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Projecting Lamar Jackson, Joe Burrow, Justin Herbert's New Contracts Next Offseason

Adam WellsSeptember 9, 2022

Jason Miller/Getty Images

Even though we are only one game into the 2022 regular season, next offseason is shaping up to be very intriguing, with three of the league's best quarterbacks eligible to sign new deals.

In the case of Lamar Jackson, he's been eligible to sign an extension with the Baltimore Ravens for the past two years. The sides were unable to agree to terms on a contract during that time.

Ravens general manager Eric DeCosta said in a statement Friday that, "despite best efforts on both sides," they couldn't reach agreement on a long-term deal with Jackson before the 2019 NFL MVP's self-imposed deadline.

While Ravens fans ponder what might happen with Jackson after this season, players from the 2020 draft class will be eligible to sign extensions for the first time next offseason.

The headliners from that group are quarterbacks Joe Burrow of the Cincinnati Bengals and Justin Herbert of the Los Angeles Chargers.

Looking ahead to March 2023, here are our best guesses for what the next contracts for Jackson, Burrow and Herbert will look like.

Let's start with Jackson, since his situation has the greatest sense of urgency because this is his final season under contract. The 2016 Heisman Trophy winner won't hit free agency.

Baltimore will almost certainly use the franchise tag to at least continue negotiating with him and not risk losing him on the open market.

Assuming Jackson gets the franchise tag, it could guarantee him $45.4 million in 2023 based on current estimates. Spotrac also noted the Ravens could tag him in 2024, as well, which would put him at a slightly lower cost over the next three seasons than what Russell Wilson will make during that time on his new deal with the Denver Broncos:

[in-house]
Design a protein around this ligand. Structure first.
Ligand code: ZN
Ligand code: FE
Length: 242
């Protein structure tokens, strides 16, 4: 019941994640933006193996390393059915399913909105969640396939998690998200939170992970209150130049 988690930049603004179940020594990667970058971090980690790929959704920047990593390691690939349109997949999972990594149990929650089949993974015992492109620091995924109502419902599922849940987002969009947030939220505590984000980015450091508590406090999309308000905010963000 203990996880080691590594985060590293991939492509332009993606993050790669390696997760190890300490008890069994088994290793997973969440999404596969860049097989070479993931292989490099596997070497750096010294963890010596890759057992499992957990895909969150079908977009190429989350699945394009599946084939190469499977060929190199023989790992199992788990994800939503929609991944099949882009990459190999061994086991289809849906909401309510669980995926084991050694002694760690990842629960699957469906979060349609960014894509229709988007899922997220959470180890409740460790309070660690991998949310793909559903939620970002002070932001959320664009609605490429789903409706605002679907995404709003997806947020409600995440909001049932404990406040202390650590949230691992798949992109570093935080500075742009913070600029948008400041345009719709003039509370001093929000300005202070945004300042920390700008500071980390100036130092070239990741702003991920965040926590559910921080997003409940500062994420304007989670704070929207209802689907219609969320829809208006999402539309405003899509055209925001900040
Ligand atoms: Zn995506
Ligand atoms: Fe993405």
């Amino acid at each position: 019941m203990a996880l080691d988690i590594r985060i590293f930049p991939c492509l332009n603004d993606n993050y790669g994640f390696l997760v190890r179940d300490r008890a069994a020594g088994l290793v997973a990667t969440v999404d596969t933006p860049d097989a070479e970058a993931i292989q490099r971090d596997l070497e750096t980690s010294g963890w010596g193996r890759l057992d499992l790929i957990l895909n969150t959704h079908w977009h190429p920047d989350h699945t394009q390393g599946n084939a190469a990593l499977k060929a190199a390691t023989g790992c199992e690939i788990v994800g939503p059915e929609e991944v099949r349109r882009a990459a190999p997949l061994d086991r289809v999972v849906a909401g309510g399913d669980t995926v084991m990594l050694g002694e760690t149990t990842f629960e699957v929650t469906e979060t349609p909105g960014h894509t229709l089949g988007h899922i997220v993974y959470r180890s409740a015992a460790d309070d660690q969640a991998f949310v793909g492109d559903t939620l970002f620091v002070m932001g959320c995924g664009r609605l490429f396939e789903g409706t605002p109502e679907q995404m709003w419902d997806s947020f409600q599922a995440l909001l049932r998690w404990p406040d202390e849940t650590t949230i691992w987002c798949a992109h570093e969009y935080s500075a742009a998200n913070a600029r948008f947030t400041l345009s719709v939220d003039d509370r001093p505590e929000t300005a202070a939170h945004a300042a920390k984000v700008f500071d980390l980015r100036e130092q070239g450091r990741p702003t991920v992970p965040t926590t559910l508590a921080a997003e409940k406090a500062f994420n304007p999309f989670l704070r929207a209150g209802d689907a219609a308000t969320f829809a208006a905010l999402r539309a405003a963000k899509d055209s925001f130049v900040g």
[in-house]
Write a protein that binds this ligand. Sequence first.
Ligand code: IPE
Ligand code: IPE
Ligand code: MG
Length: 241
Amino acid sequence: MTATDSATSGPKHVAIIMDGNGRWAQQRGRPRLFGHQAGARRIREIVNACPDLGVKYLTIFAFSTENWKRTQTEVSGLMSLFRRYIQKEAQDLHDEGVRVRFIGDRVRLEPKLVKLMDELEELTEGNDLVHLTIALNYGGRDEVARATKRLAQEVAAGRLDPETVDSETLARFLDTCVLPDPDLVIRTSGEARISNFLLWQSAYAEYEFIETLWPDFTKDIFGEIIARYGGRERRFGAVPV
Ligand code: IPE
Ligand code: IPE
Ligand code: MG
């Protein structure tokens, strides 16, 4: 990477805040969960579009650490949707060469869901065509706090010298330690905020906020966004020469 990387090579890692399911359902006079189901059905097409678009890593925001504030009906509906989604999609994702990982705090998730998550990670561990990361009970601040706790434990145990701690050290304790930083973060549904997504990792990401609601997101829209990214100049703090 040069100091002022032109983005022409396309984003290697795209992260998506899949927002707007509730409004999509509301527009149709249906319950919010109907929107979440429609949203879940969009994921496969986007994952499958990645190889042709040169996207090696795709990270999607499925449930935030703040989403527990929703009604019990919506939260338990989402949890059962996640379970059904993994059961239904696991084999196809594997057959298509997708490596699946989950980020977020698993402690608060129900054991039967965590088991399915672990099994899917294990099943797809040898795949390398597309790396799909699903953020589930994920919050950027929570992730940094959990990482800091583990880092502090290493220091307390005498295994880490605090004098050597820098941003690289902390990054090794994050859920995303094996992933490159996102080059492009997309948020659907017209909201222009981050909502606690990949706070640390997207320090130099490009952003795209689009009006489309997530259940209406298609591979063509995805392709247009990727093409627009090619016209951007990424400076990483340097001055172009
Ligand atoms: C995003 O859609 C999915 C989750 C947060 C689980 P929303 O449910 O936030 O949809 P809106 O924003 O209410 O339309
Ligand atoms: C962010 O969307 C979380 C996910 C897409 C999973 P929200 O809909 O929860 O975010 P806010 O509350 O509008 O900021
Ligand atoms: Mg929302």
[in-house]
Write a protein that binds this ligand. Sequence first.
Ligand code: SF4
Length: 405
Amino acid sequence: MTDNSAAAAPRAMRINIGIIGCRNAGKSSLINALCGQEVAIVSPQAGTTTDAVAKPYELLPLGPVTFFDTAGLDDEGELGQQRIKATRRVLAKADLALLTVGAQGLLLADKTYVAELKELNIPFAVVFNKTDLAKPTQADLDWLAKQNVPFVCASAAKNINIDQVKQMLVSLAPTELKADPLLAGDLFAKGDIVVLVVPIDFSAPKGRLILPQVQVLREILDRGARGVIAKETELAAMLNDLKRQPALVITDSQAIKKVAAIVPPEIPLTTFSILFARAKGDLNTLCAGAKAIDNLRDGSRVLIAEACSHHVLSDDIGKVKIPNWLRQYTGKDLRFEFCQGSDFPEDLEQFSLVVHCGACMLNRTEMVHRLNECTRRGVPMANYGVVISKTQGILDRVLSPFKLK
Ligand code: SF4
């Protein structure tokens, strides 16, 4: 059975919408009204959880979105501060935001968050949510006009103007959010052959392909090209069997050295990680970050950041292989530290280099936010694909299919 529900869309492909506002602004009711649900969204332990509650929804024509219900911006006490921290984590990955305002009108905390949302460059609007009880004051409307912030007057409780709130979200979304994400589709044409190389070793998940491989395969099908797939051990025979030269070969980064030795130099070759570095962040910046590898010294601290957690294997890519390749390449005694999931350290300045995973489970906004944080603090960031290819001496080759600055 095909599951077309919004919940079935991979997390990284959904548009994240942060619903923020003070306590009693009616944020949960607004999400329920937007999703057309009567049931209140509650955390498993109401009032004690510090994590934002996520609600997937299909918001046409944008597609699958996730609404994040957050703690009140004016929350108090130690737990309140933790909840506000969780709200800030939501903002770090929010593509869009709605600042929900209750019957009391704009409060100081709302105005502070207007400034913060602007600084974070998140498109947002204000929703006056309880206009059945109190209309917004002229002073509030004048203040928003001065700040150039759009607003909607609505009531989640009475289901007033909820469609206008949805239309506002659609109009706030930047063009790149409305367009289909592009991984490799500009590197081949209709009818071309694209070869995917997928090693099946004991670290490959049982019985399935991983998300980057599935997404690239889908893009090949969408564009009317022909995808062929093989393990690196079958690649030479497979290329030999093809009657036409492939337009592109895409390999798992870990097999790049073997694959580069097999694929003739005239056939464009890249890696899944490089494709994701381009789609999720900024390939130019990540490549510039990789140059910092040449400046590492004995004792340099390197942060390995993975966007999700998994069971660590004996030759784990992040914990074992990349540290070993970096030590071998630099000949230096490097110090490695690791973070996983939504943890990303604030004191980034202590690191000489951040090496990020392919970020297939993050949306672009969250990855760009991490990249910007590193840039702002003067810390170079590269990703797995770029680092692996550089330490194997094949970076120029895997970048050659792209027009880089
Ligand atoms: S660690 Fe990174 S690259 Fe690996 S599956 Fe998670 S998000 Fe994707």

Spotrac @spotrac

An exclusive franchise tag for Lamar Jackson in 2023 currently calculates to $45.4M (thanks in large part to Deshaun Watson's $55M cap hit).<br><br>A tag in 2024 would then be $54.4M.<br><br>2022: $23M<br>2023: $45.4M<br>2024: $54.4M<br>= $122.8M<br><br>Russell Wilson just locked in $124M over that span.

While it's unclear exactly what it would take for Jackson to give the Ravens a long-term commitment, there has been speculation he could be seeking a fully guaranteed contract in the same range as what Deshaun Watson got from the Cleveland Browns ($230 million over five years).

Fox Sports' Jay Glazer reported on Aug. 21 that the Ravens were offering Jackson a deal worth more in total value than what Kyler Murray got from the Arizona Cardinals ($230.5 million over five years), but the team didn't want to give him a fully guaranteed deal.

Baltimore head coach John Harbaugh is optimistic that things will eventually be worked out with Jackson.

Jamison Hensley @jamisonhensley

John Harbaugh on Lamar Jackson: "I'm confident that'll happen when it's time. Lamar is going to be playing quarterback here for a long time. He and I talked about it yesterday, 'Hey man, let's go be our best and go focus on football.’ And that's what he's been doing all along."

In the interest of bringing some drama to this discussion, let's say, hypothetically, the Ravens decide Jackson is being unreasonable with his demands and want to take advantage of his value on the market.

The Ravens could use the non-exclusive franchise tag on him that would allow Jackson to accept an offer sheet from another team, but the signing club would have to sacrifice two first-round draft picks if Baltimore decides not to match it.

If any player is going to get a team to sacrifice two first-round picks through the non-exclusive tag process, it's almost certainly going to be a quarterback. Jackson has been one of the league's best at the position when he's been healthy since entering the NFL in 2018.